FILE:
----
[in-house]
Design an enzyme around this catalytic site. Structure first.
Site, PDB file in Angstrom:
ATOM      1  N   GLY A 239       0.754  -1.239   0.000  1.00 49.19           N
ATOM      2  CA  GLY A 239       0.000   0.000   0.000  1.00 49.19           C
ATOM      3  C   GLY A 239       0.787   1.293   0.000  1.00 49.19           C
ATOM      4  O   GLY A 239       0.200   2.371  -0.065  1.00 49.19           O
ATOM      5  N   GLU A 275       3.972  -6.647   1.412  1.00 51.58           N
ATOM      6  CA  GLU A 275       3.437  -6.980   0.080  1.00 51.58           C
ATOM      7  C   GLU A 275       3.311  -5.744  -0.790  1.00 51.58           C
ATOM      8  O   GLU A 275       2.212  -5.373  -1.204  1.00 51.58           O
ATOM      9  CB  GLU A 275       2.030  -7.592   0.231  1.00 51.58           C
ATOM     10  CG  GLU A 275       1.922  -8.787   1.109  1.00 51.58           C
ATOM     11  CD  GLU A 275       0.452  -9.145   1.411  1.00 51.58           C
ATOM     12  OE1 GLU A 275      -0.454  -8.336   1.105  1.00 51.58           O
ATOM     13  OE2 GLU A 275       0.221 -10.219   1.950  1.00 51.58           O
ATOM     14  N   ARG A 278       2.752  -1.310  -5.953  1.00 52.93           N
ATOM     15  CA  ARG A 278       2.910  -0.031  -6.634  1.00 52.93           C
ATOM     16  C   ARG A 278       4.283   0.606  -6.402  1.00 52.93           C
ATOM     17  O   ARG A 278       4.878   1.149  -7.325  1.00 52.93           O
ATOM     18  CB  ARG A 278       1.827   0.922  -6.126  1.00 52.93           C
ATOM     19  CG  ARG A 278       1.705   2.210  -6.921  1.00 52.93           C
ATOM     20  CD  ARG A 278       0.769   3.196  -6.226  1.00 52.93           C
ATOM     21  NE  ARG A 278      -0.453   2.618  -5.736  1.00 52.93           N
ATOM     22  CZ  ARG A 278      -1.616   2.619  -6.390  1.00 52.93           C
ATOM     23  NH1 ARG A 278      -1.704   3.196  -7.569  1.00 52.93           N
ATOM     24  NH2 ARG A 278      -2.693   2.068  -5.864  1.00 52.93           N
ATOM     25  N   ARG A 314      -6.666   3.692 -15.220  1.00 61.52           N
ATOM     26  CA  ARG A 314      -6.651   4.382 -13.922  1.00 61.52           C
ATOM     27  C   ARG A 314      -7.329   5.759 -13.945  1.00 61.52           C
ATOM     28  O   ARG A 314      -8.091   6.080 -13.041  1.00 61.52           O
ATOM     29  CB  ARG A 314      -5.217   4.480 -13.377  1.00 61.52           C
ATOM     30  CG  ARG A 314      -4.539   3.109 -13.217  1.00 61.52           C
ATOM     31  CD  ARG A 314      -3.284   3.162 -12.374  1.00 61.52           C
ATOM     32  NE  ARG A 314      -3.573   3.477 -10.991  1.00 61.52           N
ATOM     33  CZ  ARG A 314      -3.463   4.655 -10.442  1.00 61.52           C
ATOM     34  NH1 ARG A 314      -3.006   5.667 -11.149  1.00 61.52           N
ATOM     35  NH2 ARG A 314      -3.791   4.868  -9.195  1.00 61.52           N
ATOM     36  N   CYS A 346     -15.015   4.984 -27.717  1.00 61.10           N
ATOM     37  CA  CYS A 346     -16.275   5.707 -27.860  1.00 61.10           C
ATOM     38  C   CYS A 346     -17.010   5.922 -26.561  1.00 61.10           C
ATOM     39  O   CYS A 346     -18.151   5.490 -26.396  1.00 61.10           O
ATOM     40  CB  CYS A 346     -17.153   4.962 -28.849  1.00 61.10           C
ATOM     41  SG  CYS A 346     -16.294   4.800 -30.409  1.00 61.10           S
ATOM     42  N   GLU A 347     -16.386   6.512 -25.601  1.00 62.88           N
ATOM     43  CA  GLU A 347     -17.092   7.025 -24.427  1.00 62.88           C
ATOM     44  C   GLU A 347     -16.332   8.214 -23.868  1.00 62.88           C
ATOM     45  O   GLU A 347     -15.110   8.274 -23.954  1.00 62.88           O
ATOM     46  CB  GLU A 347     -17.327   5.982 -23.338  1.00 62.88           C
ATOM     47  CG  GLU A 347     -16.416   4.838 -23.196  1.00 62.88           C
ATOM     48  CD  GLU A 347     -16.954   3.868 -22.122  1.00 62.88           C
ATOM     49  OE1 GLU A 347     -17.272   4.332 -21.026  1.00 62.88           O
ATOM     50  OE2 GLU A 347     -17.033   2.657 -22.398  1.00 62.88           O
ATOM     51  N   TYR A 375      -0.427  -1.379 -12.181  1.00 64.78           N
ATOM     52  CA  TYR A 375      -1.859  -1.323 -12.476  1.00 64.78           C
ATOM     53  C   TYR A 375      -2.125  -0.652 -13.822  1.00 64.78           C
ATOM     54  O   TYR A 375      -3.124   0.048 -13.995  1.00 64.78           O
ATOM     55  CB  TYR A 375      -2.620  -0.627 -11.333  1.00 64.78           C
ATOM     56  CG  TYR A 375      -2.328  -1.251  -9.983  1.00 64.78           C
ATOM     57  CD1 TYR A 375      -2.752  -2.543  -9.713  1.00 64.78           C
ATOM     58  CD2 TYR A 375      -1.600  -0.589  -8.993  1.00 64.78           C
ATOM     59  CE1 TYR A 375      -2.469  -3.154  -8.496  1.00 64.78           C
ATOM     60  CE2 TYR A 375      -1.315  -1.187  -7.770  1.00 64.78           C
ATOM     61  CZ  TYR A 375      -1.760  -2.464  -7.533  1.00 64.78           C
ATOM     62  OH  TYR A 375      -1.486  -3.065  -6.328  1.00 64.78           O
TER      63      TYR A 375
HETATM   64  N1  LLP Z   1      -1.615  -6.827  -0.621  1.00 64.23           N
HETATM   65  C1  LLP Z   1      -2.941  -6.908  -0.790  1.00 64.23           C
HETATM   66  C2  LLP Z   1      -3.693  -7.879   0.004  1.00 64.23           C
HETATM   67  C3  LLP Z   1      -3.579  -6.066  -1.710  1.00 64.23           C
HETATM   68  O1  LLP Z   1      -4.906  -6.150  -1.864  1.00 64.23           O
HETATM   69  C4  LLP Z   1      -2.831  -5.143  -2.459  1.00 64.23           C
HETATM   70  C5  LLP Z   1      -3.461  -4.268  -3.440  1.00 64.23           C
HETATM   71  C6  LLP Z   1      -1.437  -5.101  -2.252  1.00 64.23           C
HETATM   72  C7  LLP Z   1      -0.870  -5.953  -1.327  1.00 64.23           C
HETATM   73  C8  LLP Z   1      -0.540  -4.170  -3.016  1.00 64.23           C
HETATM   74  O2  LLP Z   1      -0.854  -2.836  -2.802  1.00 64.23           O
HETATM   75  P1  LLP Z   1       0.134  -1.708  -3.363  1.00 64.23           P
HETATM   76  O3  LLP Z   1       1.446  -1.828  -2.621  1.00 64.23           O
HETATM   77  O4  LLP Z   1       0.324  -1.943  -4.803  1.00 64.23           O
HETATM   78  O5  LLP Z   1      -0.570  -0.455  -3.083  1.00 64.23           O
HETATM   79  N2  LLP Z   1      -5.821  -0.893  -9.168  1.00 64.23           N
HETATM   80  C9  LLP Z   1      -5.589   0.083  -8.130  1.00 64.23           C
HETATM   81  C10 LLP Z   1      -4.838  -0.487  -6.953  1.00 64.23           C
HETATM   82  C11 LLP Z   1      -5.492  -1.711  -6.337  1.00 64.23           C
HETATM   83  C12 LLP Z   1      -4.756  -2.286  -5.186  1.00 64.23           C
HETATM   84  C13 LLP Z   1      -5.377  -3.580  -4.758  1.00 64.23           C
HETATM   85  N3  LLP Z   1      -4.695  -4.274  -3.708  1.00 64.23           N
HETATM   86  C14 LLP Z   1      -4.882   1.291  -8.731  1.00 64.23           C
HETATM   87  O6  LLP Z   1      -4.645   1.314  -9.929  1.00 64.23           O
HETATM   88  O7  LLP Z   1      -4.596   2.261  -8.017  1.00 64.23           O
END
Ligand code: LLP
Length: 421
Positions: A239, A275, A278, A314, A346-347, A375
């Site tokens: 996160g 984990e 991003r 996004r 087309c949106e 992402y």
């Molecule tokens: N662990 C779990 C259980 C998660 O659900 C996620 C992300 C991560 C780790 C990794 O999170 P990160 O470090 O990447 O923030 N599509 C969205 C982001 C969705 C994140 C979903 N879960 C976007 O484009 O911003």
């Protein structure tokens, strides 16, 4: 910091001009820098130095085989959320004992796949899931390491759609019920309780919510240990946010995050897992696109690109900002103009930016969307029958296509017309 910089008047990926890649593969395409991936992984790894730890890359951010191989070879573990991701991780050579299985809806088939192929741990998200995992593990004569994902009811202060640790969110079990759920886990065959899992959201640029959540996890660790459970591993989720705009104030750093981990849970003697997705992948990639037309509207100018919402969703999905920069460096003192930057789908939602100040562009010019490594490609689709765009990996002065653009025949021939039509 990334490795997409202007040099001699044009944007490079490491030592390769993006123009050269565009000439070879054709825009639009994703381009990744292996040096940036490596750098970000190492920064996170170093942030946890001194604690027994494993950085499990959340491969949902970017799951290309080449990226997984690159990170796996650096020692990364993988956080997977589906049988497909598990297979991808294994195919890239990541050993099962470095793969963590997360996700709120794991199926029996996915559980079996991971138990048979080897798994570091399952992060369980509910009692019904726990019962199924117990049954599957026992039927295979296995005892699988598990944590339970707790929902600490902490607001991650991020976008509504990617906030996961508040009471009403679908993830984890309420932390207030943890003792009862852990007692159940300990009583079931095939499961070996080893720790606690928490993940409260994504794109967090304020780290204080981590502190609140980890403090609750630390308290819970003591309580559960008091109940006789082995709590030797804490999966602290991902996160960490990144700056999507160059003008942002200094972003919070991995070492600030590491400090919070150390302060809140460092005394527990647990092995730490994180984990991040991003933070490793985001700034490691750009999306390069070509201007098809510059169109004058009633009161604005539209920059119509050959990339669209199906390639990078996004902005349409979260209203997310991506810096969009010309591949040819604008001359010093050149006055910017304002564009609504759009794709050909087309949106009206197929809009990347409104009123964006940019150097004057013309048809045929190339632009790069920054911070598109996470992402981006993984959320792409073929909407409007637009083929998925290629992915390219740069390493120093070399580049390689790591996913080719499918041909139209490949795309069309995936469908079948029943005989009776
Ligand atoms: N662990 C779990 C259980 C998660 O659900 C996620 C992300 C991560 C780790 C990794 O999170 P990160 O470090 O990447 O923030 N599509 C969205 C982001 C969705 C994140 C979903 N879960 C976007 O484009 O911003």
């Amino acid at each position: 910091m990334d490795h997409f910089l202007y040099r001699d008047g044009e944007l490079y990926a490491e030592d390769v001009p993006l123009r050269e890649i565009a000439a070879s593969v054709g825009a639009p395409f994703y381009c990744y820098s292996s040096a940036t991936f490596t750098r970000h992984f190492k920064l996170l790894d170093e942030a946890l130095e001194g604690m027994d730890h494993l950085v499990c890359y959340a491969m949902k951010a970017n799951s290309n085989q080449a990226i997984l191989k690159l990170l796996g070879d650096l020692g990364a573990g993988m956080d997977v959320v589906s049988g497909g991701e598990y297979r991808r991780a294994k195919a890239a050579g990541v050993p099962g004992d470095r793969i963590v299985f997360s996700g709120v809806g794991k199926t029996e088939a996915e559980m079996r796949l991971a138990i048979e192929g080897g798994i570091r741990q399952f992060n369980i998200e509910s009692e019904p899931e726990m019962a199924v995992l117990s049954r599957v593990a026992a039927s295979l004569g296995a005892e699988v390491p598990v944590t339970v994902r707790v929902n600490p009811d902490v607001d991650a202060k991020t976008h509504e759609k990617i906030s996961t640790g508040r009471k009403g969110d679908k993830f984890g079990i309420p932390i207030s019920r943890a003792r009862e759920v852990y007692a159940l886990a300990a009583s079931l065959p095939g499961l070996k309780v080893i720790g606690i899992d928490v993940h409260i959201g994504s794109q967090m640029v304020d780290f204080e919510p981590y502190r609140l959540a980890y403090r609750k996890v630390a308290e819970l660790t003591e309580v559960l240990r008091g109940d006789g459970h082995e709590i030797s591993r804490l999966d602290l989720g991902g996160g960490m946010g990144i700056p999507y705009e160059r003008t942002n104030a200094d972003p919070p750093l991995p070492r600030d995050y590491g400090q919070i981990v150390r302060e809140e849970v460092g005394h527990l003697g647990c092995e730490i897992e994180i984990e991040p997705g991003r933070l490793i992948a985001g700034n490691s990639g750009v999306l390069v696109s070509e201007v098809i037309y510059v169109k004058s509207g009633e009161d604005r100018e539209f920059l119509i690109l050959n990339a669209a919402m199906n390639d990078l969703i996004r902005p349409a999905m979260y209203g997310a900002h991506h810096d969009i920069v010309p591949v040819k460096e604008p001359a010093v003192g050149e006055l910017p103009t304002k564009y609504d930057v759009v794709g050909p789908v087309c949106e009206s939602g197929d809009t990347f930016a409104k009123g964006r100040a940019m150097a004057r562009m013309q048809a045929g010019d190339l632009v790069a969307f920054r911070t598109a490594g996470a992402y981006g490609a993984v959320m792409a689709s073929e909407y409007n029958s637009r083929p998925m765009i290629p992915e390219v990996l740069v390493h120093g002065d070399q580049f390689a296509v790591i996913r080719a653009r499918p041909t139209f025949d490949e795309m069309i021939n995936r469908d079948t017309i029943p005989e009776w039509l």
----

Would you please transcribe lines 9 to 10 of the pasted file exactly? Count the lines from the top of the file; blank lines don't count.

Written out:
ATOM      6  CA  GLU A 275       3.437  -6.980   0.080  1.00 51.58           C
ATOM      7  C   GLU A 275       3.311  -5.744  -0.790  1.00 51.58           C